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Did you ever use your period as an excuse to skip gym class? Same. But motivation aside, let’s chat about the pros and cons of working out on your period.
Exercise is good for you, plain and simple. And while you may not feel like working out during your period, it can be super beneficial. Here’s why exercising can make your womanly woes less trying.
To quote “Legally Blonde,” “exercise gives you endorphins and endorphins make you happy.” Boosting those endorphins boosts your energy, lessening the general sense of lethargy that often shows up “that time of the month.”
Endorphins are also your body’s natural pain reliever, so increased levels can help soothe those annoying cramps, aches, and pains.
I’ve got the power!
Feel like a hormonal blob of exhaustion? Time to lift brah! Studies suggest that estrogen levels are highest during the first 2 weeks of your cycle (the time from the beginning of your period until ovulation), allowing you to experience greater physical gains.
According to the American College of Obstetricians and Gynecologists, cardiovascular exercise can reduce fatigue and depression. They recommend getting 30 minutes of cardio most days of the week, not just on the days you have symptoms. For long-term period relief, consistency is key!
You gotta go with Aunt Flo’s flow. The first few days of a menstrual cycle tend to be the most physically taxing. That means heavier bleeding and more pronounced cramping. On those days, swap out the advanced spin class for one of these.
Yoga and pilates
You may feel crankier or more scatterbrained than usual on the days leading up to your monthly lady bill. That’s the best time to try activities that relax your body and reduce physical discomfort.
Think balance based exercises that encourage you to work at your own pace and allow you to focus on your breathing. Yoga and pilates also build core strength, which can reduce the severity of cramps over time.
Since your lift potential is greater on your period, try light strength training and power based moves. Doing so will also increase physical strength while improving muscle flexibility.
If you don’t have access to a gym, try some of the many free apps and online videos from the comfort of your crib.
Opt for a walk
Studies show our lungs function better toward the end of a menstrual cycle. So, increase your cardio toward the end of your cycle, and on those heavy days, enjoy a gentle walk or leisurely bike ride. The light movement will still boost your endorphins and help with blood circulation.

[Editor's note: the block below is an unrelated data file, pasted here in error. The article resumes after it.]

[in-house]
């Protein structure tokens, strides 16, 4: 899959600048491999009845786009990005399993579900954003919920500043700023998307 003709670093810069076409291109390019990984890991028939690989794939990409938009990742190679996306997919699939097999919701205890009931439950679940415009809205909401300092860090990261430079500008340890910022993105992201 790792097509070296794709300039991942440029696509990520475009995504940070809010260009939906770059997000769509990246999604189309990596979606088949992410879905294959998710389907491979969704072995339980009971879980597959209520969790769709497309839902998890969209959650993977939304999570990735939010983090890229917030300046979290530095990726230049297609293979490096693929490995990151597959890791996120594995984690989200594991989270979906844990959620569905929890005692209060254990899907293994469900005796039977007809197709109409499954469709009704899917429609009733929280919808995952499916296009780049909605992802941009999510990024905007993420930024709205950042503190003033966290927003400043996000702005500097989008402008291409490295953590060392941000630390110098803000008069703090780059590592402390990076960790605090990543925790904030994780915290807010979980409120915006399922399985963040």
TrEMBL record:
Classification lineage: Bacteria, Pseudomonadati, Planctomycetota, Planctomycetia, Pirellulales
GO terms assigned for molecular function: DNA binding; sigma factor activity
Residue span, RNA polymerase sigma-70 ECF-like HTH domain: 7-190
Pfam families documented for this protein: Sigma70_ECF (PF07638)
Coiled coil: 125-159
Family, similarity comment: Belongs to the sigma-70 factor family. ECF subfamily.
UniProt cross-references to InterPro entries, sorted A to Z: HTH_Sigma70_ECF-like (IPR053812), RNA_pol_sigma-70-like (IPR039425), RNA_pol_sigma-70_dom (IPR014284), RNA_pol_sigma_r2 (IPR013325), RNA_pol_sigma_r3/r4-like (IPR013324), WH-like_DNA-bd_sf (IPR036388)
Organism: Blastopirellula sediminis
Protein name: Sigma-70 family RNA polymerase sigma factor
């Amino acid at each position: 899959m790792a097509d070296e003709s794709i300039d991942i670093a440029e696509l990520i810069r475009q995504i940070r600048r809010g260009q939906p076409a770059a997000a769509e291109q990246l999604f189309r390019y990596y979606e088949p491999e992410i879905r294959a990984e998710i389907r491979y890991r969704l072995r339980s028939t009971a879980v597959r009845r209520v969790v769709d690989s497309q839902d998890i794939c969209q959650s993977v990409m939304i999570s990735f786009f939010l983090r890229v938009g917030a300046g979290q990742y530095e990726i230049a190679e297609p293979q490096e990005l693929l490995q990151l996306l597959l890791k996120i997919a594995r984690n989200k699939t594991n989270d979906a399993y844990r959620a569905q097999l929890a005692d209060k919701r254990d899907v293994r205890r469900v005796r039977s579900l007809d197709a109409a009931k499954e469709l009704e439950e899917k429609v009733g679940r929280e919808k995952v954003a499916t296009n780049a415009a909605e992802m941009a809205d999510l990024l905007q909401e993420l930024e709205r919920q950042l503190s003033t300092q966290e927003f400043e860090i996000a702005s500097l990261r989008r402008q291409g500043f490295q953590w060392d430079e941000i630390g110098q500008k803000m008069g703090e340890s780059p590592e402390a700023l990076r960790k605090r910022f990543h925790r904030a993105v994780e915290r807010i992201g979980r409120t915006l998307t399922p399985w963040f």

Looking for some quicker fixes for period discomfort? Try these:
- Have an orgasm. It helps your uterus shed its lining faster and pushes menstrual blood away from the pelvis.
- Take a hot bath. This can help reduce muscle spasms and relax the body.
- Use a heating pad or ice pack. Alternate between cool and hot compresses applied to your abdomen to help soothe cramps and soreness.
- Rest. Sometimes your body just needs to catch up on Zzz’s to get back to normal.
But wait, there’s more!
It works wonders for just about everything, especially digestive issues. Hormonal fluctuations may be behind irregular period poo (e.g. constipation, nausea, and diarrhea).
While totally normal, these issues are less than pleasant. In addition to drinking your 64 ounces of water per day, limit your intake of dehydrating beverages like coffee, energy drinks, and alcohol.
Over the counter and to the womb
Over-the-counter (OTC) pain relievers like acetaminophen, naproxen, and ibuprofen can help take the edge off. Stick to the proper dosages though; even OTC meds can be dangerous when abused.
Whether you prefer tampons, pads, or menstrual cups, there’s no right or wrong, just be prepared. We’d hate for you to miss Zumba on account of “a flood.”
Chances are you can stick to your normal workout routine while you’re on your period. So really, there’s no list of exercises to avoid entirely. Not all periods are created equal, and you should listen to how you’re feeling before embarking on a sweat sesh — period or no period.
If you’re particularly sluggish and crampy, don’t force yourself to make it through a “ninja warrior” level workout. This will only further exhaust you and possibly worsen cramps and muscle soreness.
The risks of overexercising
Overexercising can cause your period to stop for months at a time, aka amenorrhea. This is more common in professional athletes and those undergoing intense, GI-Jane-level physical training.
Other possible causes of amenorrhea include stress, low body weight, certain medications, and contraceptives. If you start missing periods, it’s super important to talk with your doctor.
Research shows long-term amenorrhea can lead to other health issues like osteoporosis and infertility.
There’s no scientific reason to not work out while menstruating. On the flip side, research shows your health can benefit from working out during that time of the month.
Period pain can range from “I feel a bit off” to “WHY DOES MY UTERUS HATE ME?” So, adjust your fitness regime accordingly. It’s all about doing what’s best for you and your body. Be one with your uterus — and when in doubt, ask your gyno.